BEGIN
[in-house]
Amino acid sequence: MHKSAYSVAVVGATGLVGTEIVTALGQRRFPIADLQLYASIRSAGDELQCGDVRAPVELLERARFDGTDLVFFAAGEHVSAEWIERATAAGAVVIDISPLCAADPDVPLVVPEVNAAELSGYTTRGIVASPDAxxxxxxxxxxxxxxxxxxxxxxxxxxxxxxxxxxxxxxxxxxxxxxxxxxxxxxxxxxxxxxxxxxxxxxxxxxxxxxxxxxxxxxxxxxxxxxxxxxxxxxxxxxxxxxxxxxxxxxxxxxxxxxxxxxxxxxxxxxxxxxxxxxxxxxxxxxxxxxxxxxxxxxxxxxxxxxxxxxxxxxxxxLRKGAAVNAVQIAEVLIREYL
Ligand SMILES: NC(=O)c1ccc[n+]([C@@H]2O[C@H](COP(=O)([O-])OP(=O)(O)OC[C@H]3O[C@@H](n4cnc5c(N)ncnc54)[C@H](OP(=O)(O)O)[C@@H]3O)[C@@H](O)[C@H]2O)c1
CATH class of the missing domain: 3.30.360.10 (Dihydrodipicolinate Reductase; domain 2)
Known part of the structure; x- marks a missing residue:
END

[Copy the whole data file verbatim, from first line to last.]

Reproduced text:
[in-house]
Amino acid sequence: MHKSAYSVAVVGATGLVGTEIVTALGQRRFPIADLQLYASIRSAGDELQCGDVRAPVELLERARFDGTDLVFFAAGEHVSAEWIERATAAGAVVIDISPLCAADPDVPLVVPEVNAAELSGYTTRGIVASPDAxxxxxxxxxxxxxxxxxxxxxxxxxxxxxxxxxxxxxxxxxxxxxxxxxxxxxxxxxxxxxxxxxxxxxxxxxxxxxxxxxxxxxxxxxxxxxxxxxxxxxxxxxxxxxxxxxxxxxxxxxxxxxxxxxxxxxxxxxxxxxxxxxxxxxxxxxxxxxxxxxxxxxxxxxxxxxxxxxxxxxxxxxLRKGAAVNAVQIAEVLIREYL
Ligand SMILES: NC(=O)c1ccc[n+]([C@@H]2O[C@H](COP(=O)([O-])OP(=O)(O)OC[C@H]3O[C@@H](n4cnc5c(N)ncnc54)[C@H](OP(=O)(O)O)[C@@H]3O)[C@@H](O)[C@H]2O)c1
CATH class of the missing domain: 3.30.360.10 (Dihydrodipicolinate Reductase; domain 2)
Known part of the structure; x- marks a missing residue: